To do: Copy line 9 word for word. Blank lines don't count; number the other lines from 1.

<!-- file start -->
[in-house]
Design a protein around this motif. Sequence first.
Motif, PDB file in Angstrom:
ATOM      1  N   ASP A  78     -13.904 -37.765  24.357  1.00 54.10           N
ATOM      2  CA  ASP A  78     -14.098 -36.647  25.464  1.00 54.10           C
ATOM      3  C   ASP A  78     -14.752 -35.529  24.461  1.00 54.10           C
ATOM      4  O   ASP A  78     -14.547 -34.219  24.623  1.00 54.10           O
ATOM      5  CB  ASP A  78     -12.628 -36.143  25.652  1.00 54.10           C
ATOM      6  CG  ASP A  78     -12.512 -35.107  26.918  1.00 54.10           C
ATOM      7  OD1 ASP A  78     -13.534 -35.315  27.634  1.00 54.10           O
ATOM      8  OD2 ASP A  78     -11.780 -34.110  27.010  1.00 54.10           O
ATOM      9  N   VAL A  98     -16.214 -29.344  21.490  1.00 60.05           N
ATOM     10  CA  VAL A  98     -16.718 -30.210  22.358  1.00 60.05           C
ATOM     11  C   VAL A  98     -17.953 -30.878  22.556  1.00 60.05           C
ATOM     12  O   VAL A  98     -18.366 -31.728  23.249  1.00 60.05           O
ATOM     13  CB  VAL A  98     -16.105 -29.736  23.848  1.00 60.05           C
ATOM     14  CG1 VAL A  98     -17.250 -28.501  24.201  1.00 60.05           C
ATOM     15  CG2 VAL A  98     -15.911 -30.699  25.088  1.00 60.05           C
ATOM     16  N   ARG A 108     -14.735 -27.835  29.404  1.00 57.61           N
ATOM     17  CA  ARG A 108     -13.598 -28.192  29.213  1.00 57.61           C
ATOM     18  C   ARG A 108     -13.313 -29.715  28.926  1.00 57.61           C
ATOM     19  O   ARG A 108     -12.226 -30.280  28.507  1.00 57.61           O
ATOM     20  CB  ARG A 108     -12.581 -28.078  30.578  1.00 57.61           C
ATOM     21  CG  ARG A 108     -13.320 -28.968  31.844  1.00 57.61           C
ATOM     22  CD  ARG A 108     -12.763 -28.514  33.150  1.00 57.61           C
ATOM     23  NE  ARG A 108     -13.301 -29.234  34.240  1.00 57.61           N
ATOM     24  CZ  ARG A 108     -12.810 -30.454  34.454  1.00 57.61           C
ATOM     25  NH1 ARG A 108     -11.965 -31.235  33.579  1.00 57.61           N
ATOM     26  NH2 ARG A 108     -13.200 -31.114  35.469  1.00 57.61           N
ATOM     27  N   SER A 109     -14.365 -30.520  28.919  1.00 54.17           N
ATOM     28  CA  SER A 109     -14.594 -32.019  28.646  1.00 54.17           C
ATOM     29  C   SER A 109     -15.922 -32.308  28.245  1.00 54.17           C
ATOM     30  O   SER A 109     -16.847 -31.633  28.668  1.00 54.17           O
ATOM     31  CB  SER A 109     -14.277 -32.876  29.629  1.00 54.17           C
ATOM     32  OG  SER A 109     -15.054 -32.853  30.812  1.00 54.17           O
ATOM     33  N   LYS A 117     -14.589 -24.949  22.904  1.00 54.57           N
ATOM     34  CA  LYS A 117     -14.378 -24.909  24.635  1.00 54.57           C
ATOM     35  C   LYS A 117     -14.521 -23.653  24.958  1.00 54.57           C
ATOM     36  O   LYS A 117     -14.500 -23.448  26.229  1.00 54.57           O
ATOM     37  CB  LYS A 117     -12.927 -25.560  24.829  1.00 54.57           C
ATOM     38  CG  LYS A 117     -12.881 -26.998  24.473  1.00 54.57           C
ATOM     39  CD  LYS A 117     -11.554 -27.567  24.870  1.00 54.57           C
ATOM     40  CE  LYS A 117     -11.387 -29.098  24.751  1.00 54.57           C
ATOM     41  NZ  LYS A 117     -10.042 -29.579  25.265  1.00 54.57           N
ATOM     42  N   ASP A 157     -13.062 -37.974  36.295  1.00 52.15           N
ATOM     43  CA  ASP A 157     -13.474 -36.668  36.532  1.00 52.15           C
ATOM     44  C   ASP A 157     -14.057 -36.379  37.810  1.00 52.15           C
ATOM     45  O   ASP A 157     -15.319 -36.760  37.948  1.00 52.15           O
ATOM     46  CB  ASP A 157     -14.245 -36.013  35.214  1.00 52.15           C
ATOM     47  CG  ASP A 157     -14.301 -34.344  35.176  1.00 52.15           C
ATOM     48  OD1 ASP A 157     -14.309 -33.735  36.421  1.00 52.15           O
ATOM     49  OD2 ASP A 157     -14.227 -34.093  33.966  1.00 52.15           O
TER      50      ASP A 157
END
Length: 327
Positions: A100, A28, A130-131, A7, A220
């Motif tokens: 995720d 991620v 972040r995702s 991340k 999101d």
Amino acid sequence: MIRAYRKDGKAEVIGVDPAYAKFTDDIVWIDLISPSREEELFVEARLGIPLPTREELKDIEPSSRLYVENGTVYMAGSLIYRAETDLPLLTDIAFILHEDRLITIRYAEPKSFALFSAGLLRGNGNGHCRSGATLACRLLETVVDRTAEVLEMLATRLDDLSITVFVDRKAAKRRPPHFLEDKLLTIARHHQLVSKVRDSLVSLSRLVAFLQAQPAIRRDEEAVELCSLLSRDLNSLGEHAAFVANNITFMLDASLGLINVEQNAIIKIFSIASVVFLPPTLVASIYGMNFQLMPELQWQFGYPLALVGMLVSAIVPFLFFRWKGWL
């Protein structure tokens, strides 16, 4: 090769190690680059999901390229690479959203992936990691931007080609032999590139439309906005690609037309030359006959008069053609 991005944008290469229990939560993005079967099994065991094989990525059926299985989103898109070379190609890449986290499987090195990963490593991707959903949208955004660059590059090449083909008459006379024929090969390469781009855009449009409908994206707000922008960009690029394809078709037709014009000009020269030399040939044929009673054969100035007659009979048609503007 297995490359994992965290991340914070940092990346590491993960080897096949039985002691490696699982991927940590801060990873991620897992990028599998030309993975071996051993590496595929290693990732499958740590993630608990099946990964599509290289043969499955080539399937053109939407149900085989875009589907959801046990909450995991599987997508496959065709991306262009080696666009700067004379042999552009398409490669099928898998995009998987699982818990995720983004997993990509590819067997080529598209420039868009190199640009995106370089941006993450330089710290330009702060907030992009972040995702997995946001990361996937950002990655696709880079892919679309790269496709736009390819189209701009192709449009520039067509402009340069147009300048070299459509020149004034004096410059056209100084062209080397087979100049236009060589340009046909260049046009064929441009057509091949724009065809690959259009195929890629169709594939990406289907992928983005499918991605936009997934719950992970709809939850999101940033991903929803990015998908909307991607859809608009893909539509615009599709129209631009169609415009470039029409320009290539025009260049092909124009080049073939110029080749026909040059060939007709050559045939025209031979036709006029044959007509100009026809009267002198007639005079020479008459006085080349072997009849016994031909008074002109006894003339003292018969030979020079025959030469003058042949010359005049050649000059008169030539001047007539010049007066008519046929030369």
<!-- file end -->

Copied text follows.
ATOM      6  CG  ASP A  78     -12.512 -35.107  26.918  1.00 54.10           C